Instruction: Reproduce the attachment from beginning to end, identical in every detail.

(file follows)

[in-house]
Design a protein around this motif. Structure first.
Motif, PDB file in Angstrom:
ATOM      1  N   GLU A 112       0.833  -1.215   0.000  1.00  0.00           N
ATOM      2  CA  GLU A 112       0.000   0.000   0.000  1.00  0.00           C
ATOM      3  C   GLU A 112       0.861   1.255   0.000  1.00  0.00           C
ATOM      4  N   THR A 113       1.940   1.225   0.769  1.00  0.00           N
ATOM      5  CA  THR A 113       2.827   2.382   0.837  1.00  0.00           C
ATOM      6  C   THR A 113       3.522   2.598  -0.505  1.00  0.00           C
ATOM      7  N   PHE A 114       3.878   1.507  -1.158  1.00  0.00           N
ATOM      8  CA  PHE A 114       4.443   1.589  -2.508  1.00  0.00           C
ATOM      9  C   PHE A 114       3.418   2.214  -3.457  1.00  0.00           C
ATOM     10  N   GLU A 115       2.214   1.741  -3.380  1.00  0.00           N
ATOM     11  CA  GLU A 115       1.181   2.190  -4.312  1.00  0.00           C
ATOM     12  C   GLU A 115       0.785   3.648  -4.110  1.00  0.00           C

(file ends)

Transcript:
[in-house]
Design a protein around this motif. Structure first.
Motif, PDB file in Angstrom:
ATOM      1  N   GLU A 112       0.833  -1.215   0.000  1.00  0.00           N
ATOM      2  CA  GLU A 112       0.000   0.000   0.000  1.00  0.00           C
ATOM      3  C   GLU A 112       0.861   1.255   0.000  1.00  0.00           C
ATOM      4  N   THR A 113       1.940   1.225   0.769  1.00  0.00           N
ATOM      5  CA  THR A 113       2.827   2.382   0.837  1.00  0.00           C
ATOM      6  C   THR A 113       3.522   2.598  -0.505  1.00  0.00           C
ATOM      7  N   PHE A 114       3.878   1.507  -1.158  1.00  0.00           N
ATOM      8  CA  PHE A 114       4.443   1.589  -2.508  1.00  0.00           C
ATOM      9  C   PHE A 114       3.418   2.214  -3.457  1.00  0.00           C
ATOM     10  N   GLU A 115       2.214   1.741  -3.380  1.00  0.00           N
ATOM     11  CA  GLU A 115       1.181   2.190  -4.312  1.00  0.00           C
ATOM     12  C   GLU A 115       0.785   3.648  -4.110  1.00  0.00           C